are both investigating the border clash that claimed the life of IDF
Corporal Netanel Yahalomi in mid September. Recent information, however, has lead to the conclusion that the attack was not the work of radical Bedouins,
but of Egyptian family men no one suspected were Jihad supporters.
The last few days have seen the Egyptian media try to uncover as much information about the two known terrorist. The identity of the third gunmen is still unknown, as his remains have made the identification process difficult.
Egypt's media maintains that the information discovered so far will surprise not only Cairo's intelligence services, but their Israeli counterparts, as well.
The two known gunmen have been identified as Ahmad Wajiya, 31, the lead singer of a religious music group and a father of two; and his cousin, Bahaa Zakzuk, 25, who holds a degree in literature and was the father of a little boy.
Facebook page created in memory of two terrorists
According to Egypt's Al-Yum Al-Saba newspaper, the two lived in the Mit Hakan neighborhood of El-Manuffia region.
Both were considered to be members of a respectable, upscale Egyptian family. Egyptian authorities believe both turned into radical Jihadists after becoming members of an extremist mosque in Cairo. They told their families they were attending a religious summer camp.
The information revealed by the Egyptian authorities so far compiles a new profile of Egyptian terrorists – a new threat Israel will have to deal, against the backdrop of the lax security at the Sinai Peninsula.
The two's story, as revealed Saturday by Cairo's Al-Aharam newspaper, raises several concerns about this new brand of potential threat.
Zakzuk, a literature graduate of El-Manuffia University, married and a father; was the youngest child of a devout family. One of his sisters is married to a known Islamic preacher.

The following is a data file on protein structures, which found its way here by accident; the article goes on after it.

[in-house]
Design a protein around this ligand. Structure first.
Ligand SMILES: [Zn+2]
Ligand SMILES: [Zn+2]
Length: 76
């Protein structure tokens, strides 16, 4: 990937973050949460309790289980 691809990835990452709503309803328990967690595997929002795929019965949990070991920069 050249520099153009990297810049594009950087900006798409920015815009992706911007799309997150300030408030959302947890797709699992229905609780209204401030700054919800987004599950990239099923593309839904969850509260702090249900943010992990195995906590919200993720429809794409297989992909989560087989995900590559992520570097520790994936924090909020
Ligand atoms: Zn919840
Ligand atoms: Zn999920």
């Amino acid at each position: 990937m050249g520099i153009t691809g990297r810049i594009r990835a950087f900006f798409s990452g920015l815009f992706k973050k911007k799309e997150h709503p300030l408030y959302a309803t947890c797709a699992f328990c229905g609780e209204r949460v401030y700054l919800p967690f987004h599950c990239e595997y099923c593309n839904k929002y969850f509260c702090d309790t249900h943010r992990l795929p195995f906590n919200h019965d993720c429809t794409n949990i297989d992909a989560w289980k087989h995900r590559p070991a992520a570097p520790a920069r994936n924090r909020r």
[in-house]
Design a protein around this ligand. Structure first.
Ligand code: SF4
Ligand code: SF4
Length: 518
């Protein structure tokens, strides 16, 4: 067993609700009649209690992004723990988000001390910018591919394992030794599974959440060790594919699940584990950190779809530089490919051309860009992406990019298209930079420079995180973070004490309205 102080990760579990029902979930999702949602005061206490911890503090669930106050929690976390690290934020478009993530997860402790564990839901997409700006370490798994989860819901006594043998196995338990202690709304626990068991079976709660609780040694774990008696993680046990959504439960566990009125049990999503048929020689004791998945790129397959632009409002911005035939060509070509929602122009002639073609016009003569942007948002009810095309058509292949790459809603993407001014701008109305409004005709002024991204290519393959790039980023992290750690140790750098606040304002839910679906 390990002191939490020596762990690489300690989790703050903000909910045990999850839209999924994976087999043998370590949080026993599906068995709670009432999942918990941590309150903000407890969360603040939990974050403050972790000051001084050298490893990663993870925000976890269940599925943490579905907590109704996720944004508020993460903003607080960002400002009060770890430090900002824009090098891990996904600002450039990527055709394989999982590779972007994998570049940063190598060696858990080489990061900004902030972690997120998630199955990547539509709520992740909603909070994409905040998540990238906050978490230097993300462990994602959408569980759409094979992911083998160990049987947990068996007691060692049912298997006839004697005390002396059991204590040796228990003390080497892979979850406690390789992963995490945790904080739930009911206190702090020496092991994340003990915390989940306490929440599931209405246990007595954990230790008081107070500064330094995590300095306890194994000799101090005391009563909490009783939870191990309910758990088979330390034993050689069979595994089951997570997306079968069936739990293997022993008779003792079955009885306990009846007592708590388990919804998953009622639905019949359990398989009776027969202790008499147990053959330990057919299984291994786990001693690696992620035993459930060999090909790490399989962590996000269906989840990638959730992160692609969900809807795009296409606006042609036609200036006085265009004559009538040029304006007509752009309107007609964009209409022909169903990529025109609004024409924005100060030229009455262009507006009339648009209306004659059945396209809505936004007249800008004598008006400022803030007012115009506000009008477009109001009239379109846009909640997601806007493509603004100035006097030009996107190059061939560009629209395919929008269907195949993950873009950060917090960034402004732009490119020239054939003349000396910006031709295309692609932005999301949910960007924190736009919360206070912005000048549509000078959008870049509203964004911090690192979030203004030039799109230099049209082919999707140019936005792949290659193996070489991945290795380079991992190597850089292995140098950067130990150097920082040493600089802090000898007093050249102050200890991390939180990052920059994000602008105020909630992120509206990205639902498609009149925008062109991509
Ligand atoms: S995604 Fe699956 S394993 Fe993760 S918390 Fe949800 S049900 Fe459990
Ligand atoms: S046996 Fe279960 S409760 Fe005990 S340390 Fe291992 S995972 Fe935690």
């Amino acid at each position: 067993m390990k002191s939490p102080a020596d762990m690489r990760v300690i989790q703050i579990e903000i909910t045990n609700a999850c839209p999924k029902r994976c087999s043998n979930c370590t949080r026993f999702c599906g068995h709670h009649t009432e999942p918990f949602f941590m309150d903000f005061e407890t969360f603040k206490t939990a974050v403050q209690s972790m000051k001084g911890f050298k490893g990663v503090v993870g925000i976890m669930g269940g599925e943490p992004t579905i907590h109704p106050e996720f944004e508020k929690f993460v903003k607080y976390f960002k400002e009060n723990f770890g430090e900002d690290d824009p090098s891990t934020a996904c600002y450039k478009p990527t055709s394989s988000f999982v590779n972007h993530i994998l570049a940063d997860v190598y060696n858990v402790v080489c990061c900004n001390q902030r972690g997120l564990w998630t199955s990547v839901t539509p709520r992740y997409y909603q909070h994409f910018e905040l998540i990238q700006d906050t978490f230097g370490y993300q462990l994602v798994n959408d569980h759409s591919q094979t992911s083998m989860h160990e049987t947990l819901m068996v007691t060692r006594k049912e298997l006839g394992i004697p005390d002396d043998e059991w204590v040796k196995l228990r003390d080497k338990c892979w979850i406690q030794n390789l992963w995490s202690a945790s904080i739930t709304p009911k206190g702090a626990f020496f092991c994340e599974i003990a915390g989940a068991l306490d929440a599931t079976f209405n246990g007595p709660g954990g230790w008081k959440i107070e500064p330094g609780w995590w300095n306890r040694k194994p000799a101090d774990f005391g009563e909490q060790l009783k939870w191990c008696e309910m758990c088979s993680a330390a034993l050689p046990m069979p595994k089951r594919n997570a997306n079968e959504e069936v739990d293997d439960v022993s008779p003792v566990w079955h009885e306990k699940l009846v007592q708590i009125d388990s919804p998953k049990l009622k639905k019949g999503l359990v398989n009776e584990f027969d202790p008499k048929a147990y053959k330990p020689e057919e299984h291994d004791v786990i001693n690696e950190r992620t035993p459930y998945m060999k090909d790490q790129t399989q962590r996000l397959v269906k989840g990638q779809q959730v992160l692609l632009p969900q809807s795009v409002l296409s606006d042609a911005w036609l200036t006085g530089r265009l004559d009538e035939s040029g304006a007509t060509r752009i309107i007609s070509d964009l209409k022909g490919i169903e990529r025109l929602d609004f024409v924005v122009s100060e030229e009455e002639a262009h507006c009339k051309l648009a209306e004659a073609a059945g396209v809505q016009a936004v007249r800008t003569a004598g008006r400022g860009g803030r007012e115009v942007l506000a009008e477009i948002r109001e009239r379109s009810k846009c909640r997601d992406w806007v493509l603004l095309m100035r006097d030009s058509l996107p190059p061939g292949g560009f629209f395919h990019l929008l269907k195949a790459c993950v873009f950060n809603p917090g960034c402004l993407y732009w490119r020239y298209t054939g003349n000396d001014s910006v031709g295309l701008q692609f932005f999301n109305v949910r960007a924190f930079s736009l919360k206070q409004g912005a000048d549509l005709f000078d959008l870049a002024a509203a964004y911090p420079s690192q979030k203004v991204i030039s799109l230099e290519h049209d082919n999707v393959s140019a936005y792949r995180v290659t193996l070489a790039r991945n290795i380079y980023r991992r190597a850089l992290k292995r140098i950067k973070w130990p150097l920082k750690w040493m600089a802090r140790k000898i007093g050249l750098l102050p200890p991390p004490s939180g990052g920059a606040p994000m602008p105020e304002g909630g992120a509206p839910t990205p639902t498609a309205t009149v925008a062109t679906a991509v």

A former member of the Muslim Brotherhood,
he recently joined the Salafi movement headed by presidential hopeful Hazam Abu-Ismail.
Wajiya, married and father of two daughters, was the elder brother in his family. Relatives said he was musically gifted and performing in religious events as the lead singer of the Islamic band "A-Nur."
The Mit Hakan neighborhood has been in mourning since the attack, the residents refusing to believe the two's devotion led them down a radical path.
Egyptian media quoted Morsi Abdel Halak, the two's uncle as saying that they were victims of organizations spreading extreme religious ideas: "These ideas quickly took over their minds."
Halak urged authorities to fight these ideas, saying that mosques spreading them "kidnapped Bahaa Zakzuk and Ahmad Wajiya from the bosoms of their families." The cousins were recruited by senior member of the Ansar Beit el-Makdas organization via the internet, he said.
Al-Aharam quoted another relative as saying that Wajiya and Zakzuk were recruited by an individual he referred to as "the missing link" in the investigation, who sent them to a mosque known for its extremist teachings, located at the Nasar neighborhood in Cairo.
Wajiya and Zakzuk reportedly spent months at the mosque prior to the Sinai attack. Their families knew only that they were attending a "religious summer camp."
Cairo perplexed by Sinai situation
The terror activity emanating from the heart of Egypt – and not the know terror hubs of Sinai – is causing great embarrassment to the new regime, and is a great cause for concern in Israel, as well.
Professor Yoram Meital, an expert in Middle Eastern affairs from Ben-Gurion University, who specializes in Egypt, claims Egyptian intelligence must focus its action at the heart of Egypt.
"Security and public order systems collapsed with Mubarak's downfall, causing all sorts of extremists groups, previously lacking a framework, to find a new arena of operation.
"There are plenty of voices and preachers holding extreme views that have found new audiences since Mubarak's downfall, because the pressure once applied by the Egyptian intelligence services has loosened nearly completely."
Scene of attack in Mount Harif (Photo: Roee Idan)
Even since Egypt's new president Mohammed Morsi
was elected, Meital added, he has been trying to convey that in spite of the fact that Egypt is now ruled by Islamic movement, he has no intentions of giving the various Jihad groups a carte blanche.
"Cairo's intelligence is slowly trying to regain control but it is a very tough battlefield. It will take them long time to deal with it, though the effects of harsher court sentences and intelligence supervision is starting to show."
Prior to the end of the Mubarak regime radical movements in Egypt operated under larger proxies, such as the al-Gama'a al-Islamiya movement, but since the revolution, local and junior operatives have begun using Jihad rhetoric, sprouting the "lone wolf" phenomenon, he added.
"Wajiya and Zakzuk have families, and are not 18 years old boys acting out on momentary enthusiasm. The collapsing order enabled people with extreme views to operate, the fringe of which we are seeing now."
Asked how will the Morsi administration deal with the situation, Meital said: "I assume we shall see more and more collisions between local Jihad groups and the Muslim Brotherhood's regime."
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